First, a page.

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Commandant of the Marine Corps Gen. James Conway speaks to Marines at the station chapel, March 26, 2010. Conway and Sgt. Maj. of the Marine Corps Carlton Kent, hosted a town hall meeting as part of their two-day Yuma visit, Conway and Kent are currently on their west coast tour of Marine Corps installations.

Photo by Lance Cpl. Gregory Aalto

Corps' top leaders visit Yuma

1 Apr 2010 | Lance Cpl. Gregory Aalto

The Commandant of the Marine Corps Gen. James Conway and Sgt. Maj. of the Marine Corps Carlton Kent, hosted a town hall meeting March 26, 2010, during their current West Coast tour of Marine Corps installations.

Conway spoke to a capacity crowd at the station chapel to discuss current topics in the Marine Corps and take questions from station service members before attending his first-ever Yuma Air Show on March 27.

The town hall meeting began with Conway addressing the current situation in Iraq.

Fewer than 130 Marines currently remain in Iraq and all the Corps’ equipment has been removed, said Conway.

During the majority of the time spent by the Corps in Al Anbar Province, Iraq, more than 20,000 Marines were deployed there at any given time.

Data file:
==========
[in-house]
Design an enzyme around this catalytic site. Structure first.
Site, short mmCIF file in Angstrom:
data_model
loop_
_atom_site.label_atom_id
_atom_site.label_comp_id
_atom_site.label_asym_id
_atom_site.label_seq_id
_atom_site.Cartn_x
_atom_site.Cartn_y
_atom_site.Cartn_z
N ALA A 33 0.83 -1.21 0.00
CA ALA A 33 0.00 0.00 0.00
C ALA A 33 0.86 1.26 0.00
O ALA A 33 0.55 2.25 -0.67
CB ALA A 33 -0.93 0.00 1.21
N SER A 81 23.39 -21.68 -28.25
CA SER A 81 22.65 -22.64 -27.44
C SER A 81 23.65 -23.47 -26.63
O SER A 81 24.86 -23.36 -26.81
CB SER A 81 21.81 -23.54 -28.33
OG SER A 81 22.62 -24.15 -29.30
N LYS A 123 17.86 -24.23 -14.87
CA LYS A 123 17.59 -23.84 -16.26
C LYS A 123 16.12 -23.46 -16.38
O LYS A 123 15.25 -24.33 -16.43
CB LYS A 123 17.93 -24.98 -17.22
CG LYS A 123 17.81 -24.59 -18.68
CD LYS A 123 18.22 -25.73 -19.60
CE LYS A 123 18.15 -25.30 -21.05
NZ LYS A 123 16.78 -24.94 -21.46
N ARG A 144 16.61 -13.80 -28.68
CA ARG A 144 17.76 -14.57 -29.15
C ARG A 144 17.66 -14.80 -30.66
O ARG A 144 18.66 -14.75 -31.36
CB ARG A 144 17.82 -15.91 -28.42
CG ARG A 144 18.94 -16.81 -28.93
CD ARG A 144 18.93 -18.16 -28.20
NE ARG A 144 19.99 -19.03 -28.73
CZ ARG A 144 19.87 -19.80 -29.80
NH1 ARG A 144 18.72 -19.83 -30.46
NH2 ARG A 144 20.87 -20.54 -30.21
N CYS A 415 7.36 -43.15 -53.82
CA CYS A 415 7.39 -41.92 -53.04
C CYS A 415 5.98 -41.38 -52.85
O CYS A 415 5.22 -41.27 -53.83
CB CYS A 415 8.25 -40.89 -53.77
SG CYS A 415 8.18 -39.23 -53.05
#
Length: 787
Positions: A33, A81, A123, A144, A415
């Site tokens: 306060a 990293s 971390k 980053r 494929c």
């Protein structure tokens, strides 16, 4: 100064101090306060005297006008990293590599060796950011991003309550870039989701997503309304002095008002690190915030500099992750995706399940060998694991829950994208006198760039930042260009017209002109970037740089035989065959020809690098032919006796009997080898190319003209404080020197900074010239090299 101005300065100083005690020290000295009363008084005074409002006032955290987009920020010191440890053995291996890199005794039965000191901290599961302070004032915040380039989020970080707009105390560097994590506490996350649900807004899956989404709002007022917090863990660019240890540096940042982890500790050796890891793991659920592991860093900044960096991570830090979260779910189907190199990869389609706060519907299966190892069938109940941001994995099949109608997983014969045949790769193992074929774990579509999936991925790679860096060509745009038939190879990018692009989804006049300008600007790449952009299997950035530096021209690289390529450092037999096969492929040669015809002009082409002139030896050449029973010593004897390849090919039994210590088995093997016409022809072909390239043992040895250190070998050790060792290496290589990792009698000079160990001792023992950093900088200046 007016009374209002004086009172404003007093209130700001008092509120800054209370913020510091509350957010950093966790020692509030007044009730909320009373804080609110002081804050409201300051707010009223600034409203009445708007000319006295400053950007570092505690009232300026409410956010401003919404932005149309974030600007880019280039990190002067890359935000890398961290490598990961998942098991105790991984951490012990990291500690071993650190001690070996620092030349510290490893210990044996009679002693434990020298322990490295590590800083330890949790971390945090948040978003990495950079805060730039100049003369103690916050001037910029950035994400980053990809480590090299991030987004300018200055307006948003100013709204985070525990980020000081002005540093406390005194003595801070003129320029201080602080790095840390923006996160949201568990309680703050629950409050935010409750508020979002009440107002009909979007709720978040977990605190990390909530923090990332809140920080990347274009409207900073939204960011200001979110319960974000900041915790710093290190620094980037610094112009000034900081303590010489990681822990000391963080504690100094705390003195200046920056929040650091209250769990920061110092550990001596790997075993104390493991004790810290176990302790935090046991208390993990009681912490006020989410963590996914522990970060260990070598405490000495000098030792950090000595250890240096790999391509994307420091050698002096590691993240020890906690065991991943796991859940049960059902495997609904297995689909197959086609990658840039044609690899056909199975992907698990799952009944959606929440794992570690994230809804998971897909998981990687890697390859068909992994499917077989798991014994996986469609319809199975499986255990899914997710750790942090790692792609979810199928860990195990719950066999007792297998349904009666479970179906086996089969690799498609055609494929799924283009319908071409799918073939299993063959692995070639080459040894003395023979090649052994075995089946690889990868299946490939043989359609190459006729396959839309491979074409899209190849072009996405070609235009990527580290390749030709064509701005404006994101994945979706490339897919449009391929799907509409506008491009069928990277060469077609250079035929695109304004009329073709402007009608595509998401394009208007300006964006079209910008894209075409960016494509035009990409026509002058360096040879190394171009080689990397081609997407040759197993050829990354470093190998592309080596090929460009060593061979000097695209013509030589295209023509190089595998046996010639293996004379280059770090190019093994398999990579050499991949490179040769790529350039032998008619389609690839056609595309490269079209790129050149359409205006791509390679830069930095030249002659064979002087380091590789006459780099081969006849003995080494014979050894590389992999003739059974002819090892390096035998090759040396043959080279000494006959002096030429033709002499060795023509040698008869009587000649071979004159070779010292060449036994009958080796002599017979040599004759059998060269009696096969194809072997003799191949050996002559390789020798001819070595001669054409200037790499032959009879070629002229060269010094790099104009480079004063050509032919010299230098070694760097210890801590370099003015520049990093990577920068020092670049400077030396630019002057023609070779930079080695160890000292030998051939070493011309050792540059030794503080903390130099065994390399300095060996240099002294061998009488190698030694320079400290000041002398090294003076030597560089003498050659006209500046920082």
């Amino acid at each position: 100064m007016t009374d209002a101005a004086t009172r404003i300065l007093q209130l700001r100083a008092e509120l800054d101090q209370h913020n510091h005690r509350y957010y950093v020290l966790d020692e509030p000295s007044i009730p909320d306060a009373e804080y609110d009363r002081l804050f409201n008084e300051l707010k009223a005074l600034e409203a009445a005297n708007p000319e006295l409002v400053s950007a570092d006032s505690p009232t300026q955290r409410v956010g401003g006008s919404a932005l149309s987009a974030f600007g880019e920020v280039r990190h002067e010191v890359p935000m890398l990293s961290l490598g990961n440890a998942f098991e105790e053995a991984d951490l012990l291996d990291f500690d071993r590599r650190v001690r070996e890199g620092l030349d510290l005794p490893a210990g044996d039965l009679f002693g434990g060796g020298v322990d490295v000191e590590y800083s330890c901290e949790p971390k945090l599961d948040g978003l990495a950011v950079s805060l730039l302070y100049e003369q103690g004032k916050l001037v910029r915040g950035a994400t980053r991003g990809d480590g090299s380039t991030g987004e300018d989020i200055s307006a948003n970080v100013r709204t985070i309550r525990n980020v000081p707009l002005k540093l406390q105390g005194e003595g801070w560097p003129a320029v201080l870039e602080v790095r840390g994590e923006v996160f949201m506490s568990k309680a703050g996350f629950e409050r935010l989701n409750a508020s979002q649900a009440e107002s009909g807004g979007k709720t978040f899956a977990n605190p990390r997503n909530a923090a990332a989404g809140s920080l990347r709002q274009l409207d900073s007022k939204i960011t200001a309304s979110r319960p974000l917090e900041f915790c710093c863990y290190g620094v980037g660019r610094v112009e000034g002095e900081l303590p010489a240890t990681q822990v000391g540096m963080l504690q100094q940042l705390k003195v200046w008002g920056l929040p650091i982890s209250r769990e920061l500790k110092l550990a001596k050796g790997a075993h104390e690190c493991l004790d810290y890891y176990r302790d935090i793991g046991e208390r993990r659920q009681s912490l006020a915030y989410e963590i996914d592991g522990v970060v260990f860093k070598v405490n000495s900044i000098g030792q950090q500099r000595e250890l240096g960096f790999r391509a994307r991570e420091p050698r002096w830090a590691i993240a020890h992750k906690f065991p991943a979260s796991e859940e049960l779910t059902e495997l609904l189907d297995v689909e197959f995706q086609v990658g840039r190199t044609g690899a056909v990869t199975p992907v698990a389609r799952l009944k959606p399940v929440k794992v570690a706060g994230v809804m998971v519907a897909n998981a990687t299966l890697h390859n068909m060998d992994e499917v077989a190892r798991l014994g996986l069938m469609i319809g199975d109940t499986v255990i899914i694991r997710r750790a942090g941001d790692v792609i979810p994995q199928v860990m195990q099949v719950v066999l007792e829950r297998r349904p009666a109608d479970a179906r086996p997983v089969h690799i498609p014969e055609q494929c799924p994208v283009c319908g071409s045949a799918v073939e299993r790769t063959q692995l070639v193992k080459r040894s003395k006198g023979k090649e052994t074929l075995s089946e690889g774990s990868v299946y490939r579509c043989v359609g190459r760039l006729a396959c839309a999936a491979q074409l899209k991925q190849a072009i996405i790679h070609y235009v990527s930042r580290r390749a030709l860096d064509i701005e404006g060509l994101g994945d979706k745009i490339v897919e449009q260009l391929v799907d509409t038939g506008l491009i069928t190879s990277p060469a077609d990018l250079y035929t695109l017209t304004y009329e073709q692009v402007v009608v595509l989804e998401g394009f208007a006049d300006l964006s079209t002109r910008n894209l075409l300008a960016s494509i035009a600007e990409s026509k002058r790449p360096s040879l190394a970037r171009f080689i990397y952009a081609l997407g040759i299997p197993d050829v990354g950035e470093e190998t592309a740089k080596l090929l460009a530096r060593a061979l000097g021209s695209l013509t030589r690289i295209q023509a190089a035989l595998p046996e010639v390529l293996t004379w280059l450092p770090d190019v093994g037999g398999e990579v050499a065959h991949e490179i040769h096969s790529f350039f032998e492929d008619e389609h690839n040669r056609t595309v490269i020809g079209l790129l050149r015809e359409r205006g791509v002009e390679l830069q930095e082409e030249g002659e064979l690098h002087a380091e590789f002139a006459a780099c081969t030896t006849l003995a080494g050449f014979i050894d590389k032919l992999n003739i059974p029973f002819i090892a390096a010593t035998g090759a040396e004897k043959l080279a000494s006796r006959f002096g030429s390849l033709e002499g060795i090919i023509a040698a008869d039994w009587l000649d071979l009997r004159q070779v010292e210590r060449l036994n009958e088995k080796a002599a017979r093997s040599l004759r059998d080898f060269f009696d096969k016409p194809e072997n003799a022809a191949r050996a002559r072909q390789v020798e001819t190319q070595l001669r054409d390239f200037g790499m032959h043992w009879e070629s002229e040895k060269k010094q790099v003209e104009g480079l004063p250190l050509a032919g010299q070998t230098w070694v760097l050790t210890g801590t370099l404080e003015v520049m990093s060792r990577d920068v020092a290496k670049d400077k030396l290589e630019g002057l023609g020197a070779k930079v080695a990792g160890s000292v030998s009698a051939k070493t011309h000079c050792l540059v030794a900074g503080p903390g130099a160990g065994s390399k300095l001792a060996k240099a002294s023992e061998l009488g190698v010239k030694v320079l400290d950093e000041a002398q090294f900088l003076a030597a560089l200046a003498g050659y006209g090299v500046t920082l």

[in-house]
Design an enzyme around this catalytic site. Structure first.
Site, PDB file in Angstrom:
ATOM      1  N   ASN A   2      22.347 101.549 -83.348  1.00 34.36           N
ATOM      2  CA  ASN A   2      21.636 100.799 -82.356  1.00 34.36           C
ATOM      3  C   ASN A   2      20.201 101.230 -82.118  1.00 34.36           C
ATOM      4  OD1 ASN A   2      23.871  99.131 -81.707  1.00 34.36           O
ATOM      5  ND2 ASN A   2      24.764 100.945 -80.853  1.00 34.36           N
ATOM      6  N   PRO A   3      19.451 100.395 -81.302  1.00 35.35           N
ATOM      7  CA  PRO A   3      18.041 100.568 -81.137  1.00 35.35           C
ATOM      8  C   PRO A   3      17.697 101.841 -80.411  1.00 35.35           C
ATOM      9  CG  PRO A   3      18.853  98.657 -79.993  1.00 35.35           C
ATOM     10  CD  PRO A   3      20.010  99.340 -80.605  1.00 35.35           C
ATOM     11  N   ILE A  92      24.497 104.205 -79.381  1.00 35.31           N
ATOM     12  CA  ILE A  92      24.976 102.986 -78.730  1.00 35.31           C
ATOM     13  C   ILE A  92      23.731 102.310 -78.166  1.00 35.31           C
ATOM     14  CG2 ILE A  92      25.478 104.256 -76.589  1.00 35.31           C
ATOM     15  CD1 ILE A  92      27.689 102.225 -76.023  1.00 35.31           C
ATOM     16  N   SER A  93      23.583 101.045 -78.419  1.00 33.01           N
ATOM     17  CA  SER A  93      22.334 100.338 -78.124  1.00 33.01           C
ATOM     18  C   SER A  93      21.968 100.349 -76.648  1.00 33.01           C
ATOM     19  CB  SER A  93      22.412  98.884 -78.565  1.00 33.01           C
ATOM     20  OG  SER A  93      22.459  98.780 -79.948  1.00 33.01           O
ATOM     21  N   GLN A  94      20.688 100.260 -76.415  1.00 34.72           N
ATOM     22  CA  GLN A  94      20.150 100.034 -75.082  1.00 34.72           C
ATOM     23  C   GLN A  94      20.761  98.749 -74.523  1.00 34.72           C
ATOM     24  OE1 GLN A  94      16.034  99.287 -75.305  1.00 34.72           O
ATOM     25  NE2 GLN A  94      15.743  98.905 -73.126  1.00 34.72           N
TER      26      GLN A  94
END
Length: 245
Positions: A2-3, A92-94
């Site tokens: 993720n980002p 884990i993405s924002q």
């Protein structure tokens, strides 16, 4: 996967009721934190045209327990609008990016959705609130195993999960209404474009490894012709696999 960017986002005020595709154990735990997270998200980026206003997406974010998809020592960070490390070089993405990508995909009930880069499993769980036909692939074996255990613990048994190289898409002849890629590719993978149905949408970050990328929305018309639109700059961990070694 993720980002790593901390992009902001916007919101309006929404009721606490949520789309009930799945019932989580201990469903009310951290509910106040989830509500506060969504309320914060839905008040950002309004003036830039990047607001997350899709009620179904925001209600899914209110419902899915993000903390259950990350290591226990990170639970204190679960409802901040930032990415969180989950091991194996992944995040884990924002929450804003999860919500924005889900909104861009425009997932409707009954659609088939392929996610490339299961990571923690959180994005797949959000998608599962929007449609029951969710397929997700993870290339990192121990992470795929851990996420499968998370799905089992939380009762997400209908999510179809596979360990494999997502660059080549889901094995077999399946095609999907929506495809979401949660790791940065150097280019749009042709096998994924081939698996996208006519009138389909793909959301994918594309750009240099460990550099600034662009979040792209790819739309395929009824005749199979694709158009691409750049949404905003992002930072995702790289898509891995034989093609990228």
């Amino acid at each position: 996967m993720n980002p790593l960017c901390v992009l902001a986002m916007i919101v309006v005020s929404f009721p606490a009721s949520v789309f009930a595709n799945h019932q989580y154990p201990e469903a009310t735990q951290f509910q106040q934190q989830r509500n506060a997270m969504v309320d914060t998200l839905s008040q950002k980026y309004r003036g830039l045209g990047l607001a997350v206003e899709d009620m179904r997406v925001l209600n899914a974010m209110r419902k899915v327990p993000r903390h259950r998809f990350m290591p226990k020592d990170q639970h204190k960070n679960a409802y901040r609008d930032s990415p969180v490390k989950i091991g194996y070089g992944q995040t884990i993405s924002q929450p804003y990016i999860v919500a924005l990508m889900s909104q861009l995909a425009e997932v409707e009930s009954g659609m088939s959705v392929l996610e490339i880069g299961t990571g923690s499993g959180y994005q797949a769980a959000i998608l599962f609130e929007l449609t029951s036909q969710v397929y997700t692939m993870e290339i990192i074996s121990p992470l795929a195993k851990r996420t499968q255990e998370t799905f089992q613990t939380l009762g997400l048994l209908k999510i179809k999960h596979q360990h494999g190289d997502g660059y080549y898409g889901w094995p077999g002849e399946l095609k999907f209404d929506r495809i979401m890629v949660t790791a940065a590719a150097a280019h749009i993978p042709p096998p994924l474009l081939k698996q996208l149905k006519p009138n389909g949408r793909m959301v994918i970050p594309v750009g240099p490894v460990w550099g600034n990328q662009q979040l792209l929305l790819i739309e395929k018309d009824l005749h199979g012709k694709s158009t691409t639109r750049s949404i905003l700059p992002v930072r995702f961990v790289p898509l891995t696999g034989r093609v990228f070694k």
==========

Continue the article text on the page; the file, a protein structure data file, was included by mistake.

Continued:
“We’re not built, trained or equipped to do nation-building, but we did it pretty well,” said Conway.

Regardless, Conway discussed the Corps’ current similar operations in Afghanistan.

The Corps is on the offense in Helmand Province, building to a total of 19,000 troops, said Conway.

The Corps’ primary goals in Afghanistan are to stop drug money from getting to the Taliban, stabilize the Afghani government and maintain the offensive on Taliban forces.

“Putting the (19,000-troop) cap on troops in Afghanistan should hopefully get us to the one-to-two ratio this year across most (job fields),” said Conway, in reference to units staying in garrison for twice as long as they are deployed.

With the Corps’ increase to 202,000 troops, this keeps Marines out of the battlefield giving the Corps a chance to return to its maritime roots.

“We have got to get back to the seas and ships,” said Conway. “We used to do 10 (combined arms exercises) a year; now we do zero. We used to say ‘any enemy, anywhere’ and mean it.”

Kent then talked to those in attendance about the unlikelihood of making the Marine Corps Martial Arts Program a mandatory annual training requirement to maintain belts.

“The problem with making (MCMAP) annual is the current operational tempo, but (MCMAP) should be taken very seriously,” said Kent.

Before ending the town hall meeting, Conway and Kent took a variety of questions from station personnel regarding tattoo regulations, reenlistments and the future of the Marine Corps to name a few.

After leaving Yuma, Conway and Kent are slated to visit California-based Marines in Twentynine Palms, Camp Pendleton, and Miramar, before returning to Washington.


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